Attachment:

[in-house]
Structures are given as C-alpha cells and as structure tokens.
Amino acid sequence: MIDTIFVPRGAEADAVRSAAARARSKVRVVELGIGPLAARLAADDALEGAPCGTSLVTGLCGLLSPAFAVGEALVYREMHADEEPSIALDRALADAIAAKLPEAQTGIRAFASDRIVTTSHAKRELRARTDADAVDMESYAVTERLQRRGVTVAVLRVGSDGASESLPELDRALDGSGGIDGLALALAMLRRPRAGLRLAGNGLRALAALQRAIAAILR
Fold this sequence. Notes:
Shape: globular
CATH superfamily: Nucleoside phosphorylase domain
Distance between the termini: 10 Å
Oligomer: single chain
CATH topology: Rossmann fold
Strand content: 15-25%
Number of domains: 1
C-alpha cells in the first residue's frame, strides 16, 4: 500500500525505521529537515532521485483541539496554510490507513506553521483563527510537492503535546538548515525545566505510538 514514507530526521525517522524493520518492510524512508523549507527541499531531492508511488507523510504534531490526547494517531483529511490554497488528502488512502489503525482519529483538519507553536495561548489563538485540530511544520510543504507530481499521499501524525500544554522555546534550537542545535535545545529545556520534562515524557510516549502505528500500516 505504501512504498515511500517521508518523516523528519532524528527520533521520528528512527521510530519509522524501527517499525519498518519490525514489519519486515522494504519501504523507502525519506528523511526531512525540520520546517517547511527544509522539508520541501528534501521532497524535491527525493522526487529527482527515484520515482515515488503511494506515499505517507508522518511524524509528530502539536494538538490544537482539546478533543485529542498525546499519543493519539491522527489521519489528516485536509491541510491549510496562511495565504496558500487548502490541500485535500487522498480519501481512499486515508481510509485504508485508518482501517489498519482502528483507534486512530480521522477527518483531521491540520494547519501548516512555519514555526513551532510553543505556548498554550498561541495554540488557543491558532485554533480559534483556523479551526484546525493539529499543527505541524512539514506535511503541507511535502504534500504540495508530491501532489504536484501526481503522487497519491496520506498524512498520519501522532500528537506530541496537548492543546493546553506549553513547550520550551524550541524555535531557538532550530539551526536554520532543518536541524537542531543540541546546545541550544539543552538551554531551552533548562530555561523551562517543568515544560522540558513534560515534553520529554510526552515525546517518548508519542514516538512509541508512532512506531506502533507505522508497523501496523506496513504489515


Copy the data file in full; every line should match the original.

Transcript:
[in-house]
Structures are given as C-alpha cells and as structure tokens.
Amino acid sequence: MIDTIFVPRGAEADAVRSAAARARSKVRVVELGIGPLAARLAADDALEGAPCGTSLVTGLCGLLSPAFAVGEALVYREMHADEEPSIALDRALADAIAAKLPEAQTGIRAFASDRIVTTSHAKRELRARTDADAVDMESYAVTERLQRRGVTVAVLRVGSDGASESLPELDRALDGSGGIDGLALALAMLRRPRAGLRLAGNGLRALAALQRAIAAILR
Fold this sequence. Notes:
Shape: globular
CATH superfamily: Nucleoside phosphorylase domain
Distance between the termini: 10 Å
Oligomer: single chain
CATH topology: Rossmann fold
Strand content: 15-25%
Number of domains: 1
C-alpha cells in the first residue's frame, strides 16, 4: 500500500525505521529537515532521485483541539496554510490507513506553521483563527510537492503535546538548515525545566505510538 514514507530526521525517522524493520518492510524512508523549507527541499531531492508511488507523510504534531490526547494517531483529511490554497488528502488512502489503525482519529483538519507553536495561548489563538485540530511544520510543504507530481499521499501524525500544554522555546534550537542545535535545545529545556520534562515524557510516549502505528500500516 505504501512504498515511500517521508518523516523528519532524528527520533521520528528512527521510530519509522524501527517499525519498518519490525514489519519486515522494504519501504523507502525519506528523511526531512525540520520546517517547511527544509522539508520541501528534501521532497524535491527525493522526487529527482527515484520515482515515488503511494506515499505517507508522518511524524509528530502539536494538538490544537482539546478533543485529542498525546499519543493519539491522527489521519489528516485536509491541510491549510496562511495565504496558500487548502490541500485535500487522498480519501481512499486515508481510509485504508485508518482501517489498519482502528483507534486512530480521522477527518483531521491540520494547519501548516512555519514555526513551532510553543505556548498554550498561541495554540488557543491558532485554533480559534483556523479551526484546525493539529499543527505541524512539514506535511503541507511535502504534500504540495508530491501532489504536484501526481503522487497519491496520506498524512498520519501522532500528537506530541496537548492543546493546553506549553513547550520550551524550541524555535531557538532550530539551526536554520532543518536541524537542531543540541546546545541550544539543552538551554531551552533548562530555561523551562517543568515544560522540558513534560515534553520529554510526552515525546517518548508519542514516538512509541508512532512506531506502533507505522508497523501496523506496513504489515